Thursday, July 29, 2010

Remembering Stephen Schneider, and voting No on Proposition 23

(This is a repost from the Brian for Water District campaign blog.)

Driving to a meeting of the Water District's Environmental Advisory Committee earlier [last] week, I heard the sad news about the unexpected death of the prominent Stanford climatologist, Stephen Schneider.

While a student at Stanford Law School, I participated in one seminar where he guest-lectured and heard him on other occasions during school and afterwards. I thought he gave the most convincing demonstration of who to trust in the climate debate by showing a survey of the mainstream climatologists and the small number of scientists that doubted climate change. Schneider showed that the mainstream scientists were reasonably confident of their predictions but also admitted a wide margin for error. The few skeptic climatologists admitted nothing, and were absolutely confident that they were right. He had given the best demonstration I could imagine of scientific honesty on one side and over-confident hubris on the other.

Schneider's death comes as California wrestles with Proposition 23's demand to suspend its premier climate change law, AB32, a theoretical suspension that would actually kill it if Proposition 23 passes. I know that Schneider actually had some criticisms of his own of AB32, but I can't imagine he would favor the misguided effort to kill the law and do nothing in return.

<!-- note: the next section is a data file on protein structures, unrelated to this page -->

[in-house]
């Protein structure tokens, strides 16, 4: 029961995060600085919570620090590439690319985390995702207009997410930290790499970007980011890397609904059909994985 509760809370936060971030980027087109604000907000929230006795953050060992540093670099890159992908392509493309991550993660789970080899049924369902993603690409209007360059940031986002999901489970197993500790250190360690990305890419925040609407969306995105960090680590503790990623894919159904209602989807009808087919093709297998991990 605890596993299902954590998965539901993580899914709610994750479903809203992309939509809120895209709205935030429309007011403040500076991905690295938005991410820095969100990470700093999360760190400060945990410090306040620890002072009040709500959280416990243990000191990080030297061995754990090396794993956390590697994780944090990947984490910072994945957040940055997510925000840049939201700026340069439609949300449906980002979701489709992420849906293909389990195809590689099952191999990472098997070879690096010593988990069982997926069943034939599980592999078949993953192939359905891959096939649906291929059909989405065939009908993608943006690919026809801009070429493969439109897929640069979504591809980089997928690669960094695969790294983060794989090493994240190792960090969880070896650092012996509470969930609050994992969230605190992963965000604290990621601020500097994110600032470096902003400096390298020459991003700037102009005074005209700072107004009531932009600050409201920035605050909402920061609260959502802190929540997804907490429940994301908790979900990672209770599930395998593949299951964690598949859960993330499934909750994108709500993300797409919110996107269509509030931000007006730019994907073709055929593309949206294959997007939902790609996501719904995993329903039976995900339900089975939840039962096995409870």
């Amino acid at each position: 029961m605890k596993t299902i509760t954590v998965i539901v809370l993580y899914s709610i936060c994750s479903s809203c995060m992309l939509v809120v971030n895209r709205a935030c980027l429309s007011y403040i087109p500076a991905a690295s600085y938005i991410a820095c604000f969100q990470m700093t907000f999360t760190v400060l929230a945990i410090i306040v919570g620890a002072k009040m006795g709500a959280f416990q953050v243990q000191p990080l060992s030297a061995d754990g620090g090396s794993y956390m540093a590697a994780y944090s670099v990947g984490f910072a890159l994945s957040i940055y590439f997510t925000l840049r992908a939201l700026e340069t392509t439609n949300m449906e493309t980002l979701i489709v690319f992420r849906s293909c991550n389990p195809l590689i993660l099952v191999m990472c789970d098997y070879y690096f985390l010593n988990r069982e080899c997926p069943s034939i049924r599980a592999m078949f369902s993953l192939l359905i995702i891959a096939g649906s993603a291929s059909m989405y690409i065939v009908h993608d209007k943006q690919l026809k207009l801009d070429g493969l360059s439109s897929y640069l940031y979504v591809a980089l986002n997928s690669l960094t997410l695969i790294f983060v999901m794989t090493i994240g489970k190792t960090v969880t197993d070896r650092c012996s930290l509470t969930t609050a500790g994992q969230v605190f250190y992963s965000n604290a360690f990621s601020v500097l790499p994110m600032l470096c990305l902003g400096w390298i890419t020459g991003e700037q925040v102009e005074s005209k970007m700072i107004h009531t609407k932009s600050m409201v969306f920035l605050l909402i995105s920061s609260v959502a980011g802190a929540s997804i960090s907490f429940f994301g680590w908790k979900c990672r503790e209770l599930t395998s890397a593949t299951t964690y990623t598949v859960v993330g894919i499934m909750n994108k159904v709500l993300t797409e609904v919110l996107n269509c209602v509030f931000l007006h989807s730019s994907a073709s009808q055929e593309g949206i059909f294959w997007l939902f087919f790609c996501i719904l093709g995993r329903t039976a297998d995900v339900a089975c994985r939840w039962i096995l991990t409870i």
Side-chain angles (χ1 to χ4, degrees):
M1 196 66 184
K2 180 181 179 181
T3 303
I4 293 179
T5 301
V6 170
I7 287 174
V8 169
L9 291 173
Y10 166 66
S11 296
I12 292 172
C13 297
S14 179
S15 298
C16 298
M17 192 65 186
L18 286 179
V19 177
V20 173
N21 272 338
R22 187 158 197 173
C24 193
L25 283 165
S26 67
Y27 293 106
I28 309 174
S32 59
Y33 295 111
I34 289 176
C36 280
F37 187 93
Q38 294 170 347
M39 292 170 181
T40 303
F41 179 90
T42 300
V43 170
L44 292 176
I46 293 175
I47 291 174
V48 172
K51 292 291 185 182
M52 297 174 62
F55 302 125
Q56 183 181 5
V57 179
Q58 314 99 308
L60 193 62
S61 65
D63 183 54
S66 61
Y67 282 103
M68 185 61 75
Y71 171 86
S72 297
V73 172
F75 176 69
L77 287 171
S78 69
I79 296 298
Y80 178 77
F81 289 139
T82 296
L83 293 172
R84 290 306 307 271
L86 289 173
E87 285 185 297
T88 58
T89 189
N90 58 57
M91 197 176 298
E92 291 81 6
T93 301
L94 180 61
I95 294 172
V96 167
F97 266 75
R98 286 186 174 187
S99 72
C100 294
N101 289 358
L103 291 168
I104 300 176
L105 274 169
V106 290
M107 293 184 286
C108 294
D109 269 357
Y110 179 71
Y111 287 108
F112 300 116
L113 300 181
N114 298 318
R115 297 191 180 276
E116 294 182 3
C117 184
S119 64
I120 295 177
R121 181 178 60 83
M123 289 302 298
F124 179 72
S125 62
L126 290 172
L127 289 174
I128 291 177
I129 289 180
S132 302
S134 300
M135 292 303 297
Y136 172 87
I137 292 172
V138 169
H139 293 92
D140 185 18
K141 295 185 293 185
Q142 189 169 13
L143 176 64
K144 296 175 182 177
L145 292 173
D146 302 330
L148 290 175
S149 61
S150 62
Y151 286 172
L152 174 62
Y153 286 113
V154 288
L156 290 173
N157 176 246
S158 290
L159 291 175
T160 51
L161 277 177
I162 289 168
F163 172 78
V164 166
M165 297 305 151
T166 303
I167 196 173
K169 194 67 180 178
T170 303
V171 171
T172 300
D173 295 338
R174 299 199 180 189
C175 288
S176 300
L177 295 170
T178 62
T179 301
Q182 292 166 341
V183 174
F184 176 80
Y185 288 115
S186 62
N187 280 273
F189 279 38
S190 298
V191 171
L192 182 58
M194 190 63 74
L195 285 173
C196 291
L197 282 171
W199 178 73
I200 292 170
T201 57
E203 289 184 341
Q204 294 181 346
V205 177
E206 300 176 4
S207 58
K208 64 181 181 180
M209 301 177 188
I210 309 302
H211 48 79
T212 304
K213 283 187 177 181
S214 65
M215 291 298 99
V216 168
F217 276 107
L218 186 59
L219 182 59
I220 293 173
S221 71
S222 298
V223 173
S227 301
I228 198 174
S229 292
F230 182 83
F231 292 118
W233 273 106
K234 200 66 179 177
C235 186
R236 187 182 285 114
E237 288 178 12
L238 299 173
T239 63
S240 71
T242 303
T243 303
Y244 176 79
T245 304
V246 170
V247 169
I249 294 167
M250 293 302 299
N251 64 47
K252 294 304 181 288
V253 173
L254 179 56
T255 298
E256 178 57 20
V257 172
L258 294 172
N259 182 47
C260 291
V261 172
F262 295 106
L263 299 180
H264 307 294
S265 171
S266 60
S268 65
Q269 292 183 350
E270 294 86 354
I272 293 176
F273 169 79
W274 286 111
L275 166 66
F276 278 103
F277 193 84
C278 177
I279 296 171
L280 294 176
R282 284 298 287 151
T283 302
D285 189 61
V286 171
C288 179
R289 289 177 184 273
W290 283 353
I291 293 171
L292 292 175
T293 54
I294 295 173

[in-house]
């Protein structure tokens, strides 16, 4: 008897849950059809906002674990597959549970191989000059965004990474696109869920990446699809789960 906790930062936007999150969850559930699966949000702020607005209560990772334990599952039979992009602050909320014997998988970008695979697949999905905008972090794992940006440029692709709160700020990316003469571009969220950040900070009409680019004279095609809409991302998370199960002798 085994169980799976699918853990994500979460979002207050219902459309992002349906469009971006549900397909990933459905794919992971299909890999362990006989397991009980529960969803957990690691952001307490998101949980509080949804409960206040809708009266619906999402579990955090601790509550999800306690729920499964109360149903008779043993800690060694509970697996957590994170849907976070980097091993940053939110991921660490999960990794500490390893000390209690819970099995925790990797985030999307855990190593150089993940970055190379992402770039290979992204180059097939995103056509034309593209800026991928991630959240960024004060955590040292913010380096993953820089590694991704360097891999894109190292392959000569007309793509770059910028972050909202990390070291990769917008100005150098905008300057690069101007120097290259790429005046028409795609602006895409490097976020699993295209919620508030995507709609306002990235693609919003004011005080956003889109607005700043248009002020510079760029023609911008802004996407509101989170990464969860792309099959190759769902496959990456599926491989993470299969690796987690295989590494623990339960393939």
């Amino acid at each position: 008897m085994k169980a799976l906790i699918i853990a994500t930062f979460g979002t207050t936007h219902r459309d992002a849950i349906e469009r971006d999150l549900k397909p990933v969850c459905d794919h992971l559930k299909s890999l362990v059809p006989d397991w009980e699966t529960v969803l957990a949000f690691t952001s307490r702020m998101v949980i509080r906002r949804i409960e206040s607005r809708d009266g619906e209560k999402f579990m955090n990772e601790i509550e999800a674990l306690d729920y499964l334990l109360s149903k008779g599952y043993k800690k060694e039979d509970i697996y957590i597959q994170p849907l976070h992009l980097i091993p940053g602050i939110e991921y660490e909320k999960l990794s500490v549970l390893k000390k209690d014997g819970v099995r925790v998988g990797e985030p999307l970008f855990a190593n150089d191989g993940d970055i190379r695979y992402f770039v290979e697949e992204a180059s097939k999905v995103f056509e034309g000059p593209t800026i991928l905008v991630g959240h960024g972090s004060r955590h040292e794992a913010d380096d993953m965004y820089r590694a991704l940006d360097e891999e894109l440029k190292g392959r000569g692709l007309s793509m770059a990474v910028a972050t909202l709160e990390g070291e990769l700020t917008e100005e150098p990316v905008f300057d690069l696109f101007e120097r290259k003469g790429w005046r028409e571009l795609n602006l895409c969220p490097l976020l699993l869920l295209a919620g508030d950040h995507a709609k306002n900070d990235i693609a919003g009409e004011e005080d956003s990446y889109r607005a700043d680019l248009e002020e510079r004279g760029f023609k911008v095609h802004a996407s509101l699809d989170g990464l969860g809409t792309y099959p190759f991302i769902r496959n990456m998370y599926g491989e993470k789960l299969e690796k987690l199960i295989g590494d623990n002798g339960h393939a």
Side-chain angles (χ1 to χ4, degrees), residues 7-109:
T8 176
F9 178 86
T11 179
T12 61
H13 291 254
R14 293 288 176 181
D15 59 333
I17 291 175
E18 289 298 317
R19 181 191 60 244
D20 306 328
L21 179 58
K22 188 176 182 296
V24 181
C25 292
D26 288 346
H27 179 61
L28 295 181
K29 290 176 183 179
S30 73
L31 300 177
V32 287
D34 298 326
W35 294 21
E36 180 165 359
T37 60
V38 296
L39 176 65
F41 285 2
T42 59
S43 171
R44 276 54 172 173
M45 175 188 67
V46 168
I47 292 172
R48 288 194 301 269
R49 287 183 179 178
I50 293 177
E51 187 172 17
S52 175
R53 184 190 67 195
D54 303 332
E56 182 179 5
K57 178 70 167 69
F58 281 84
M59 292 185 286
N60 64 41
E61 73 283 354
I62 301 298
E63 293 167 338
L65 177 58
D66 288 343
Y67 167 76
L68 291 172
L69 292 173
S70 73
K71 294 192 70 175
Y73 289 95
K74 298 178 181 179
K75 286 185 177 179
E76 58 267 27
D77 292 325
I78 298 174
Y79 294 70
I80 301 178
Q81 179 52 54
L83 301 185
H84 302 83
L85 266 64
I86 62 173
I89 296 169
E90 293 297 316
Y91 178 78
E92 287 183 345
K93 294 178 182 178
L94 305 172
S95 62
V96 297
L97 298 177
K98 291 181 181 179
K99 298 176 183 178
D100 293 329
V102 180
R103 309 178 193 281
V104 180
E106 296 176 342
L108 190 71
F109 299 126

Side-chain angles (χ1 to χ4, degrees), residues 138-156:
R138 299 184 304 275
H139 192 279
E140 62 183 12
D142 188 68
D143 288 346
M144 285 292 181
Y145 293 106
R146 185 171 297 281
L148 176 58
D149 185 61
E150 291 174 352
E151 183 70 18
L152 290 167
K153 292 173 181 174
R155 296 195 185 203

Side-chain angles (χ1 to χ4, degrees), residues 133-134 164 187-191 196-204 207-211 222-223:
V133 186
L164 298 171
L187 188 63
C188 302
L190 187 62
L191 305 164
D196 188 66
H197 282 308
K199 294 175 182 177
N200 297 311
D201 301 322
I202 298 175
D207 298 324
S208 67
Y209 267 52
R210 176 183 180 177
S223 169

I'll be voting No on Proposition 23, an initiative that will harm efforts to fight climate change and efforts to protect our water and watersheds. We will have to learn from Schneider's legacy as the state and country move forward.


For a eulogy about Steve Schneider, read RealClimate here.


  1. Do you remember which "skeptic climatologists" were involved? Or which survey he was referring to? My impression as to where the bulk of the "overconfident hubris" is has been the exact opposite of that Schneider presented, but I suspect selection bias on both sides. Or maybe it depends on the topic about which confidence is being expressed...

  2. Lindzen was one of them. His 95% certainty range was tiny, less than half a degree for 2xCO2 (IIRC). Remember it's not just what Lindzen predicted but what chance Lindzen gave that he could be wrong.

    I think there were one or two other skeptics, but I can't remember who. I think it was a questionnaire that Schneider developed and sent to climatologists.

  3. Interesting. My reverse impression mostly comes from following RealClimate versus ClimateAudit. The CA refrain at one point was that the true certainty range on things like MBH99 was floor-to-ceiling - the stats were too uncertain to say much with any confidence. In response, Gavin and Mann have often said "If McIntyre doesn't like these reconstruction he should do one of his own." Thereby *completely missing the point* - McIntyre rejected publishing his own reconstruction the exact same reason he rejected MBH - McIntyre had a lack of confidence in the statistical significance of conclusions based on that sort of reconstruction. Meanwhile Mann and company skip merrily along making what seem like overconfident claims regarding specific years or decades being "the warmest in 2000 years" or some such.